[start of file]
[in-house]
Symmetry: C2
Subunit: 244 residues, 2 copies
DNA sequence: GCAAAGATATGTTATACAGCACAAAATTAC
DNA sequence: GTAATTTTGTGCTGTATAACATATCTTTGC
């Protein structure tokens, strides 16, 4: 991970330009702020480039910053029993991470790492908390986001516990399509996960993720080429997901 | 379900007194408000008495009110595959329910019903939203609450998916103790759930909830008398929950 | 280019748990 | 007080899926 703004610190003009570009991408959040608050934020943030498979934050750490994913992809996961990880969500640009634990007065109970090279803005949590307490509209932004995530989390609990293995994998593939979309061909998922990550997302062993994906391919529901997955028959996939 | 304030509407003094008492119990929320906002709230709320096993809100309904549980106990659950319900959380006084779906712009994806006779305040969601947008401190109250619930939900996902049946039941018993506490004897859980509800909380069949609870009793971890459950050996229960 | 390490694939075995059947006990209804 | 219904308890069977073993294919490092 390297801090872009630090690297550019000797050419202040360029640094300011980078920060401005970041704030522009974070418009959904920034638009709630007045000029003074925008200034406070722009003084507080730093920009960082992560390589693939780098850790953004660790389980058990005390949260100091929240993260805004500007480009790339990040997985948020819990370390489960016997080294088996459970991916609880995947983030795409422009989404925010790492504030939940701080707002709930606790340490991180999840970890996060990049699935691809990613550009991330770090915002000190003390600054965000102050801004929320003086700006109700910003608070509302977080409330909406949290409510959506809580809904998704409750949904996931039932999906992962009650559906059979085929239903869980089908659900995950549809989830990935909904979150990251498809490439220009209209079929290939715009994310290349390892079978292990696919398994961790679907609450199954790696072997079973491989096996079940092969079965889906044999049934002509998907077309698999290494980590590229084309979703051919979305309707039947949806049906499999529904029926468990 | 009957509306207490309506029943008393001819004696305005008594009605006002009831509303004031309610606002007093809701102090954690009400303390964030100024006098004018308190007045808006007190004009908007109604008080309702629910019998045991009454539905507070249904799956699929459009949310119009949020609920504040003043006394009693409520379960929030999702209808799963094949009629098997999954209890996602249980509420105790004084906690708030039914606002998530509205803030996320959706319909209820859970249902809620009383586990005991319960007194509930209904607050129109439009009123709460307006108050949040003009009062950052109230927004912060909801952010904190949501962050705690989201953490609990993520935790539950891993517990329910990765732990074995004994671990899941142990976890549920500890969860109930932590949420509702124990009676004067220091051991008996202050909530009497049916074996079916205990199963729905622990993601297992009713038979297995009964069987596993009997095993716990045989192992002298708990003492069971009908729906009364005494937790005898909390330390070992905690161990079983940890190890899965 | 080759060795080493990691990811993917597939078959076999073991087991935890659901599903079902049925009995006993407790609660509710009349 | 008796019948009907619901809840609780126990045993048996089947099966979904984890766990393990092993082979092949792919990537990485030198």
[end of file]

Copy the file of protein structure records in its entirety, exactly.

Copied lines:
[in-house]
Symmetry: C2
Subunit: 244 residues, 2 copies
DNA sequence: GCAAAGATATGTTATACAGCACAAAATTAC
DNA sequence: GTAATTTTGTGCTGTATAACATATCTTTGC
């Protein structure tokens, strides 16, 4: 991970330009702020480039910053029993991470790492908390986001516990399509996960993720080429997901 | 379900007194408000008495009110595959329910019903939203609450998916103790759930909830008398929950 | 280019748990 | 007080899926 703004610190003009570009991408959040608050934020943030498979934050750490994913992809996961990880969500640009634990007065109970090279803005949590307490509209932004995530989390609990293995994998593939979309061909998922990550997302062993994906391919529901997955028959996939 | 304030509407003094008492119990929320906002709230709320096993809100309904549980106990659950319900959380006084779906712009994806006779305040969601947008401190109250619930939900996902049946039941018993506490004897859980509800909380069949609870009793971890459950050996229960 | 390490694939075995059947006990209804 | 219904308890069977073993294919490092 390297801090872009630090690297550019000797050419202040360029640094300011980078920060401005970041704030522009974070418009959904920034638009709630007045000029003074925008200034406070722009003084507080730093920009960082992560390589693939780098850790953004660790389980058990005390949260100091929240993260805004500007480009790339990040997985948020819990370390489960016997080294088996459970991916609880995947983030795409422009989404925010790492504030939940701080707002709930606790340490991180999840970890996060990049699935691809990613550009991330770090915002000190003390600054965000102050801004929320003086700006109700910003608070509302977080409330909406949290409510959506809580809904998704409750949904996931039932999906992962009650559906059979085929239903869980089908659900995950549809989830990935909904979150990251498809490439220009209209079929290939715009994310290349390892079978292990696919398994961790679907609450199954790696072997079973491989096996079940092969079965889906044999049934002509998907077309698999290494980590590229084309979703051919979305309707039947949806049906499999529904029926468990 | 009957509306207490309506029943008393001819004696305005008594009605006002009831509303004031309610606002007093809701102090954690009400303390964030100024006098004018308190007045808006007190004009908007109604008080309702629910019998045991009454539905507070249904799956699929459009949310119009949020609920504040003043006394009693409520379960929030999702209808799963094949009629098997999954209890996602249980509420105790004084906690708030039914606002998530509205803030996320959706319909209820859970249902809620009383586990005991319960007194509930209904607050129109439009009123709460307006108050949040003009009062950052109230927004912060909801952010904190949501962050705690989201953490609990993520935790539950891993517990329910990765732990074995004994671990899941142990976890549920500890969860109930932590949420509702124990009676004067220091051991008996202050909530009497049916074996079916205990199963729905622990993601297992009713038979297995009964069987596993009997095993716990045989192992002298708990003492069971009908729906009364005494937790005898909390330390070992905690161990079983940890190890899965 | 080759060795080493990691990811993917597939078959076999073991087991935890659901599903079902049925009995006993407790609660509710009349 | 008796019948009907619901809840609780126990045993048996089947099966979904984890766990393990092993082979092949792919990537990485030198």